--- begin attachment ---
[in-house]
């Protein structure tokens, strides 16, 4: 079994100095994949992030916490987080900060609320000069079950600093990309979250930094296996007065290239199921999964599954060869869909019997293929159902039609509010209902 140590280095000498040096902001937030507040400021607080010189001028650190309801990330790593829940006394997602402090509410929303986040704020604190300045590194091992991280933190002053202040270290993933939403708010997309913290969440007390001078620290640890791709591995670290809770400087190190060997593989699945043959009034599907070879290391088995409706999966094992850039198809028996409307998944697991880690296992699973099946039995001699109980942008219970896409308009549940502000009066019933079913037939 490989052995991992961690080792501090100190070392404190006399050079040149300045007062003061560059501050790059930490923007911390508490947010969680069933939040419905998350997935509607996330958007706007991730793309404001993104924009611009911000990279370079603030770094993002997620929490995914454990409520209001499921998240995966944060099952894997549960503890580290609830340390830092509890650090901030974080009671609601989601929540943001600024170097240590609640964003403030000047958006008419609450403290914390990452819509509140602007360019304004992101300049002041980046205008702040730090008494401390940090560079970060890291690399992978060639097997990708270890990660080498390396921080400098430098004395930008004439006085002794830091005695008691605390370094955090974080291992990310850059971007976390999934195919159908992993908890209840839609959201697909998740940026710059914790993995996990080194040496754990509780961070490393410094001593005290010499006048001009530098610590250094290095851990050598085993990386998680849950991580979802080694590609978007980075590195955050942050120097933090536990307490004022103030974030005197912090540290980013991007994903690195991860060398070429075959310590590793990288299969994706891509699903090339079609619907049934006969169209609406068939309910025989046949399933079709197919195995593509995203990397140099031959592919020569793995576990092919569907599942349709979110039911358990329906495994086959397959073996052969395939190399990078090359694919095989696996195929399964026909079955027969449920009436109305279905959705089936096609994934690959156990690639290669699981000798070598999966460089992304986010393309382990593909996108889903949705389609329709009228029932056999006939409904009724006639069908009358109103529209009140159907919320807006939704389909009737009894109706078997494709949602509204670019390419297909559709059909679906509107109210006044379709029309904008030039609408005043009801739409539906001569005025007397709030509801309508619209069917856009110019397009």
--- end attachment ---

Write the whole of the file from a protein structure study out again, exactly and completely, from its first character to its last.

[in-house]
């Protein structure tokens, strides 16, 4: 079994100095994949992030916490987080900060609320000069079950600093990309979250930094296996007065290239199921999964599954060869869909019997293929159902039609509010209902 140590280095000498040096902001937030507040400021607080010189001028650190309801990330790593829940006394997602402090509410929303986040704020604190300045590194091992991280933190002053202040270290993933939403708010997309913290969440007390001078620290640890791709591995670290809770400087190190060997593989699945043959009034599907070879290391088995409706999966094992850039198809028996409307998944697991880690296992699973099946039995001699109980942008219970896409308009549940502000009066019933079913037939 490989052995991992961690080792501090100190070392404190006399050079040149300045007062003061560059501050790059930490923007911390508490947010969680069933939040419905998350997935509607996330958007706007991730793309404001993104924009611009911000990279370079603030770094993002997620929490995914454990409520209001499921998240995966944060099952894997549960503890580290609830340390830092509890650090901030974080009671609601989601929540943001600024170097240590609640964003403030000047958006008419609450403290914390990452819509509140602007360019304004992101300049002041980046205008702040730090008494401390940090560079970060890291690399992978060639097997990708270890990660080498390396921080400098430098004395930008004439006085002794830091005695008691605390370094955090974080291992990310850059971007976390999934195919159908992993908890209840839609959201697909998740940026710059914790993995996990080194040496754990509780961070490393410094001593005290010499006048001009530098610590250094290095851990050598085993990386998680849950991580979802080694590609978007980075590195955050942050120097933090536990307490004022103030974030005197912090540290980013991007994903690195991860060398070429075959310590590793990288299969994706891509699903090339079609619907049934006969169209609406068939309910025989046949399933079709197919195995593509995203990397140099031959592919020569793995576990092919569907599942349709979110039911358990329906495994086959397959073996052969395939190399990078090359694919095989696996195929399964026909079955027969449920009436109305279905959705089936096609994934690959156990690639290669699981000798070598999966460089992304986010393309382990593909996108889903949705389609329709009228029932056999006939409904009724006639069908009358109103529209009140159907919320807006939704389909009737009894109706078997494709949602509204670019390419297909559709059909679906509107109210006044379709029309904008030039609408005043009801739409539906001569005025007397709030509801309508619209069917856009110019397009």